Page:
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Wynne Prize 2014

Focus works

If printing this education material, we suggest you also print the relevant linked pages from the prizes database.

GW Bot
Glyphs – three trees (homage to Rembrandt)

View an image and more about this work, artist and sitter in the prizes database

Children’s label text

Have you ever painted with watercolours? GW Bot has used watercolours to paint these three trees. She has simplified their shapes so we only see their trunks and branches twisting against a pale blue sky. The artist calls the trees glyphs – a word that is used to describe a carved or specially shaped symbol that can represent something else. For Bot, the trees represent nature and life. How would you change these trees to make them look livelier?

More questions and activities

  • List words to describe these organic forms. How has the artist suggested growth and energy? Why do you think she has included the circular moon in the corner? Do you see the circular shape repeated?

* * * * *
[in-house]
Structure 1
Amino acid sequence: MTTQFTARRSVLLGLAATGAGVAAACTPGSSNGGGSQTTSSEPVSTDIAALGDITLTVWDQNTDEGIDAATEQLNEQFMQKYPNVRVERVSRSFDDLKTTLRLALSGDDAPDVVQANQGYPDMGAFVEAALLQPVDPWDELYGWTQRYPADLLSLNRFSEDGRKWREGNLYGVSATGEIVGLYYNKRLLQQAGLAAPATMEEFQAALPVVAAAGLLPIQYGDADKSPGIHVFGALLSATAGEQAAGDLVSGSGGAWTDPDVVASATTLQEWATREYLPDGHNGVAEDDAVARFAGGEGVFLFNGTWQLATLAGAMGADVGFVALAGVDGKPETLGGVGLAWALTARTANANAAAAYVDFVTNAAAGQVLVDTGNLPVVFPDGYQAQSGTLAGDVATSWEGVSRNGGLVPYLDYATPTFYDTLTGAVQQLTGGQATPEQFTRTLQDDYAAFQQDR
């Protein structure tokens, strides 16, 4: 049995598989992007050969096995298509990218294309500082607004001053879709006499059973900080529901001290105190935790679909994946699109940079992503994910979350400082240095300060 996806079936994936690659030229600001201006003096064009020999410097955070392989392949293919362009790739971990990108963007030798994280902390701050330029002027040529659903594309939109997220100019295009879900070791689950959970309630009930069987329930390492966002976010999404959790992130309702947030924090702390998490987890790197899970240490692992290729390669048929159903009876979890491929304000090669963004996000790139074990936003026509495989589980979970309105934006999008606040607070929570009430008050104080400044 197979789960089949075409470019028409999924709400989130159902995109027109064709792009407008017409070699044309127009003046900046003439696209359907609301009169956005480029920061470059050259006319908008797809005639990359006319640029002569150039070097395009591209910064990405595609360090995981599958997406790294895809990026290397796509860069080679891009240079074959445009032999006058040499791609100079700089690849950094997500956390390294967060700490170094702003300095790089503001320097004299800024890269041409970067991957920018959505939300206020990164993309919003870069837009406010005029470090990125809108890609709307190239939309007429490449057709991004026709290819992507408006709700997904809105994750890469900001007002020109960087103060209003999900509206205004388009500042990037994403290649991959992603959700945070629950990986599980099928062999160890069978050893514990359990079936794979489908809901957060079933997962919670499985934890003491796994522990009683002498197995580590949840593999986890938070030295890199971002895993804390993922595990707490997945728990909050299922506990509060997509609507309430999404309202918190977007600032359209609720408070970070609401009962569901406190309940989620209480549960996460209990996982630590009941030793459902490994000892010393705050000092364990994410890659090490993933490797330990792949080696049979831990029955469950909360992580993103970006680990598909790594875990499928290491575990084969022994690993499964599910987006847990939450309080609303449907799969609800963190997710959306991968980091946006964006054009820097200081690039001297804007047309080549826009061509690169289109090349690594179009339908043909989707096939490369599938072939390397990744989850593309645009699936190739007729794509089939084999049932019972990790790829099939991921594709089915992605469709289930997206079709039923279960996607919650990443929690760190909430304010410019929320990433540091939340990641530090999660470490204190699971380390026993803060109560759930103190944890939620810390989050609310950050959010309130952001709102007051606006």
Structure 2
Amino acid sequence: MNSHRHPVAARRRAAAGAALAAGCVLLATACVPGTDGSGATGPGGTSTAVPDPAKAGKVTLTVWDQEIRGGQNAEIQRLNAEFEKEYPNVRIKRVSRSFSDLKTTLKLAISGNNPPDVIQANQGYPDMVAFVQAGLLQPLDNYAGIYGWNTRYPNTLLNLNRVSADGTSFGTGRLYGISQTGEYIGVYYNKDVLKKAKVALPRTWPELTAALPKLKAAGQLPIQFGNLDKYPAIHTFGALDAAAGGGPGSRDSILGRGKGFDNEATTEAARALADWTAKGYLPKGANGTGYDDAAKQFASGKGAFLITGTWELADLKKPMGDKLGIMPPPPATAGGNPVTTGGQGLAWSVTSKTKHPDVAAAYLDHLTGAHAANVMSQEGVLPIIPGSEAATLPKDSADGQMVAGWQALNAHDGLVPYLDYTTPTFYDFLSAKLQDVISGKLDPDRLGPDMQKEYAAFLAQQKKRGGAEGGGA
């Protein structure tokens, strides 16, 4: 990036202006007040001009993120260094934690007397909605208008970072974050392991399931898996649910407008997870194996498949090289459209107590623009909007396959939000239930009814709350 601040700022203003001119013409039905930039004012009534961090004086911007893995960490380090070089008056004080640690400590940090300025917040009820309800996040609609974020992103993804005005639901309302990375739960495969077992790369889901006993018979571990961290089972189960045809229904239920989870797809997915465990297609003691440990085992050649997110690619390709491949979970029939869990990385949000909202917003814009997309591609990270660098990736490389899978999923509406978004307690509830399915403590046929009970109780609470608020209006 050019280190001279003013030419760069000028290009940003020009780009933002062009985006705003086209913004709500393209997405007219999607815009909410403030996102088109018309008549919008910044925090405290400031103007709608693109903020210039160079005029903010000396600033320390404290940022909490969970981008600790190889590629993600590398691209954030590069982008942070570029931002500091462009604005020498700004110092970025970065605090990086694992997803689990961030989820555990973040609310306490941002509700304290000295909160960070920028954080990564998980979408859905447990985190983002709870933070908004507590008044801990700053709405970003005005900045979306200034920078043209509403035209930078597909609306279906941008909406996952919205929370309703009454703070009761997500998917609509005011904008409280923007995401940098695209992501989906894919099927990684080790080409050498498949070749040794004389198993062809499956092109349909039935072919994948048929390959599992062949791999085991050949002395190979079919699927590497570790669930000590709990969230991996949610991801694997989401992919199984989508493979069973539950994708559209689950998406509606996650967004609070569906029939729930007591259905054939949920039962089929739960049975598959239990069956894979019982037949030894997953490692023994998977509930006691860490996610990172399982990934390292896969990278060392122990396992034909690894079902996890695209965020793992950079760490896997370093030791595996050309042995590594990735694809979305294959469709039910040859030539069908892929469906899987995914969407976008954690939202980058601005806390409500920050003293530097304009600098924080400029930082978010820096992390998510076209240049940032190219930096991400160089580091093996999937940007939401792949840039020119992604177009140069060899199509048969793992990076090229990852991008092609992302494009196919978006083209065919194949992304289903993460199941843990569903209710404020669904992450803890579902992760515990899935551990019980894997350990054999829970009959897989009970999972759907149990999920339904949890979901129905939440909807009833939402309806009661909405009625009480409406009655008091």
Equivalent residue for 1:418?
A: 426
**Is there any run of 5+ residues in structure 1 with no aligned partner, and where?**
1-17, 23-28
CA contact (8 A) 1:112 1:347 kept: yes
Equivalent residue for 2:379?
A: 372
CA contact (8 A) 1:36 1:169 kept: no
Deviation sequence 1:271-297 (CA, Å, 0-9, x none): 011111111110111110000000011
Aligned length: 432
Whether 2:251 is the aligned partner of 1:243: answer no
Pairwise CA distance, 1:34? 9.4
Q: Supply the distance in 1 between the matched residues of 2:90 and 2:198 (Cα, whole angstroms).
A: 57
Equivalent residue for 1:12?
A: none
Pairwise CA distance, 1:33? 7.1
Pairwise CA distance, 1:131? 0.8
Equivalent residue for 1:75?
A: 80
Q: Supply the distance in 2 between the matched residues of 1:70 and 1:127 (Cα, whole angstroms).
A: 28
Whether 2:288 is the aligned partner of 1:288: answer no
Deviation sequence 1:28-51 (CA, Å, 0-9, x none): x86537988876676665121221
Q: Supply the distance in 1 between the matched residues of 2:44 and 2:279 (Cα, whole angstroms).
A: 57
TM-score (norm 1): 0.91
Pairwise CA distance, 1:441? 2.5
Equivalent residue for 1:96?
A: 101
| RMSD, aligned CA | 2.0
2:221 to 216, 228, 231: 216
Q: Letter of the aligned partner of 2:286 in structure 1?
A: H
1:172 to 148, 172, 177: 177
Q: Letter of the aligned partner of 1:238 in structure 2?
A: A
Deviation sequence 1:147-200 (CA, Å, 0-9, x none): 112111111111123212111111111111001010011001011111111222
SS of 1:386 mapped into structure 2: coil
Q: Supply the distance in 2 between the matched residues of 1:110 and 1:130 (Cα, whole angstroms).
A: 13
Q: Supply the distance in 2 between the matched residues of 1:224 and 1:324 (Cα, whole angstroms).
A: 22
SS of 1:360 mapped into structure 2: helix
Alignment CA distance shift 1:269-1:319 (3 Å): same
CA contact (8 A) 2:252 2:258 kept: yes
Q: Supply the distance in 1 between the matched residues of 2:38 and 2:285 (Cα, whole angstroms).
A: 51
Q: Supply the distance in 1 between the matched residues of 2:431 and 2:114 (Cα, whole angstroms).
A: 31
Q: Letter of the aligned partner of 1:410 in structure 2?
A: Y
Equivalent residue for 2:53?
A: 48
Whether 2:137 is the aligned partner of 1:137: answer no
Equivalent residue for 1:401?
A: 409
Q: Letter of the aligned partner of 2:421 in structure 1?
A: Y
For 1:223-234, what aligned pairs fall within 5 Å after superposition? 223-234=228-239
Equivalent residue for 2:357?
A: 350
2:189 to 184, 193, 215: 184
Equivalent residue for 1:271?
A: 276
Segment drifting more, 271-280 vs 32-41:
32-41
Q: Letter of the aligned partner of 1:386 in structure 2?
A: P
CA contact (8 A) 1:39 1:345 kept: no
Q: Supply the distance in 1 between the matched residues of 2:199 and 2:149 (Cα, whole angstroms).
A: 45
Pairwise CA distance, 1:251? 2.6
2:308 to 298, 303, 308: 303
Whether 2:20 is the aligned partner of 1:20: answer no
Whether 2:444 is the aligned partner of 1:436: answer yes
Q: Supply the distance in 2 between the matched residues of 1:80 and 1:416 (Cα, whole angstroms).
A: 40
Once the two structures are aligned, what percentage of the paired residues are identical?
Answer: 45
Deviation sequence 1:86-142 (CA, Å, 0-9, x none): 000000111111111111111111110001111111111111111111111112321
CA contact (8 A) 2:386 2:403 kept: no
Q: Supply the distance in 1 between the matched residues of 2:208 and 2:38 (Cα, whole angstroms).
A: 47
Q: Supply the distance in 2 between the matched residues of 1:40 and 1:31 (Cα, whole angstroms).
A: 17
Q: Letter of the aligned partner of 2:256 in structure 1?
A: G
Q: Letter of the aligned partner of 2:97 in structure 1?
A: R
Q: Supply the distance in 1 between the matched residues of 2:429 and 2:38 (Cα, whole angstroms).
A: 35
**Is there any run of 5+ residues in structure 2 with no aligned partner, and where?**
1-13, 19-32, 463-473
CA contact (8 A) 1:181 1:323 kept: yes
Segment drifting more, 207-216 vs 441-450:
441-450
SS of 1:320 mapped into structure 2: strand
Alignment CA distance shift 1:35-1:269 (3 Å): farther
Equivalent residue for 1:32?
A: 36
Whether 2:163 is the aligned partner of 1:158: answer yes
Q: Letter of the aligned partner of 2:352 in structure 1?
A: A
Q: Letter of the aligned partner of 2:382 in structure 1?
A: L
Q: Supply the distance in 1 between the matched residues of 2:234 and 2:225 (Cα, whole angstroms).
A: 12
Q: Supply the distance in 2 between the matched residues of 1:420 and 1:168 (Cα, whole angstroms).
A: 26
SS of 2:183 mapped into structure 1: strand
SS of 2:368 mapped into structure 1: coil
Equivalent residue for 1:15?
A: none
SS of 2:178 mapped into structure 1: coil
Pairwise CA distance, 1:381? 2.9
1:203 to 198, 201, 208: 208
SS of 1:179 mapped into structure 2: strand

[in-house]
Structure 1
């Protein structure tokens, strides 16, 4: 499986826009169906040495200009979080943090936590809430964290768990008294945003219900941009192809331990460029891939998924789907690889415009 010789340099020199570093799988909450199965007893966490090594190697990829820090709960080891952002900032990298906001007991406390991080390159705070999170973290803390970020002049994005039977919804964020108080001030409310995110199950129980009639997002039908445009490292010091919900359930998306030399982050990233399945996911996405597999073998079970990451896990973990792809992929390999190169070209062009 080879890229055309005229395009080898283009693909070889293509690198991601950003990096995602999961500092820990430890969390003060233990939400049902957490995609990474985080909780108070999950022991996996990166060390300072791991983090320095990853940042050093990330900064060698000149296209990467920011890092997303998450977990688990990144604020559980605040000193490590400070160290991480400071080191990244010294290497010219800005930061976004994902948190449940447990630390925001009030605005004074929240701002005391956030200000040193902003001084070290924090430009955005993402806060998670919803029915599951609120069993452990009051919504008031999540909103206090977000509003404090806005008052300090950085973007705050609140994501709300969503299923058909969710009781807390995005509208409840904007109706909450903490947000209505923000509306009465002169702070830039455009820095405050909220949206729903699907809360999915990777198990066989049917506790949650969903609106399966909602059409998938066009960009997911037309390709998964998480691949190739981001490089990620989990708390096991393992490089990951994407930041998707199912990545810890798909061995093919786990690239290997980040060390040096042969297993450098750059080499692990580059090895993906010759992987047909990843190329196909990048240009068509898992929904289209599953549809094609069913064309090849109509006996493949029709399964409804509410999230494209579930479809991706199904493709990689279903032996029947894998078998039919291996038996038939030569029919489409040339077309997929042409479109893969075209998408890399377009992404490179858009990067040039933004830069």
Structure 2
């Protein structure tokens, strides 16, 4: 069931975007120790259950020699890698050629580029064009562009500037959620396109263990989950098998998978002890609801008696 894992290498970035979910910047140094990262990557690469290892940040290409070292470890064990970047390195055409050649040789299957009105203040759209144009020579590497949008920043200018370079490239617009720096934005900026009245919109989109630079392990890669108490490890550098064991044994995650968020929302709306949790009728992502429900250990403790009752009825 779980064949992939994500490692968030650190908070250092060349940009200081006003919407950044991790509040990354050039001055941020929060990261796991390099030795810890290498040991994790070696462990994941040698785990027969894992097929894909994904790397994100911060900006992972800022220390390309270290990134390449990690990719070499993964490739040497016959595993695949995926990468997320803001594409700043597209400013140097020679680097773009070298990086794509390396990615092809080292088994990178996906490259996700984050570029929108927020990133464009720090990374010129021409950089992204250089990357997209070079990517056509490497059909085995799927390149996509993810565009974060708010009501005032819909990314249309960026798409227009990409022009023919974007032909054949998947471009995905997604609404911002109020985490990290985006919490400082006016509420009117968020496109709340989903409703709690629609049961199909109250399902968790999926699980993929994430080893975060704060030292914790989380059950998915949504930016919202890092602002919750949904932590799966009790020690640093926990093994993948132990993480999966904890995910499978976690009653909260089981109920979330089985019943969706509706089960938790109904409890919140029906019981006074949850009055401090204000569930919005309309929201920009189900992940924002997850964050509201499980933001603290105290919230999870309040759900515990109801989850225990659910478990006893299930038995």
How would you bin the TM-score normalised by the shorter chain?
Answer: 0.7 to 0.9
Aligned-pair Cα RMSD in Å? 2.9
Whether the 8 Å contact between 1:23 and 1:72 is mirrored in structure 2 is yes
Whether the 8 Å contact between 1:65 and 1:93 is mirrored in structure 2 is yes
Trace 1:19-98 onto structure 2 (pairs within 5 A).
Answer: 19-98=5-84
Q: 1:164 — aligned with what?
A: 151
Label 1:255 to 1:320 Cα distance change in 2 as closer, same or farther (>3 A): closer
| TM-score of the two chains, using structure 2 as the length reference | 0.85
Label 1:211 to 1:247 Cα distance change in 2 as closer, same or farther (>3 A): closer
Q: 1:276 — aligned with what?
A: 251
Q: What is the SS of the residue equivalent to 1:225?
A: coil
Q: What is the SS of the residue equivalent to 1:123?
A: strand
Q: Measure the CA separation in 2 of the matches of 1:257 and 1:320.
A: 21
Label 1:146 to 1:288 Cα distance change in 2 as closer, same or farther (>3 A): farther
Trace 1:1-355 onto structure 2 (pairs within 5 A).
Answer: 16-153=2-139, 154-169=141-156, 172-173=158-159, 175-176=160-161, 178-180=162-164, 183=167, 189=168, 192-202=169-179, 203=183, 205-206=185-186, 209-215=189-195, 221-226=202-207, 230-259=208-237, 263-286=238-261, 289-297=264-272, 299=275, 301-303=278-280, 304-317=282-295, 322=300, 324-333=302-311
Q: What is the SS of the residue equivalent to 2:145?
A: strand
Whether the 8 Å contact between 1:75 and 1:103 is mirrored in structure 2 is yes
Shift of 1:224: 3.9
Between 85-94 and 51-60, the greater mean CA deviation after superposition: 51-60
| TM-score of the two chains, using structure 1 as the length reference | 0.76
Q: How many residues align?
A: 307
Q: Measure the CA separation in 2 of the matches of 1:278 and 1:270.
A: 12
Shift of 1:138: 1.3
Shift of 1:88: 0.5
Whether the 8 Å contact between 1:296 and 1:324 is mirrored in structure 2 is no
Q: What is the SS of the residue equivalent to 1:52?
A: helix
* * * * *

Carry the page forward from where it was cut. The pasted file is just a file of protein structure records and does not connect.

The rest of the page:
• Reflect on the title of the work. What does the word 'homage’ mean? View Rembrandt’s etching The three trees 1643 in the Gallery’s collection and compare it to Bot’s watercolour. Discuss the similarities and differences. After viewing both images sketch your own interpretation of the tress of life.

Fan Dongwang
Gum tree triptych

View an image and more about this work, artist and sitter in the prizes database

Children’s label text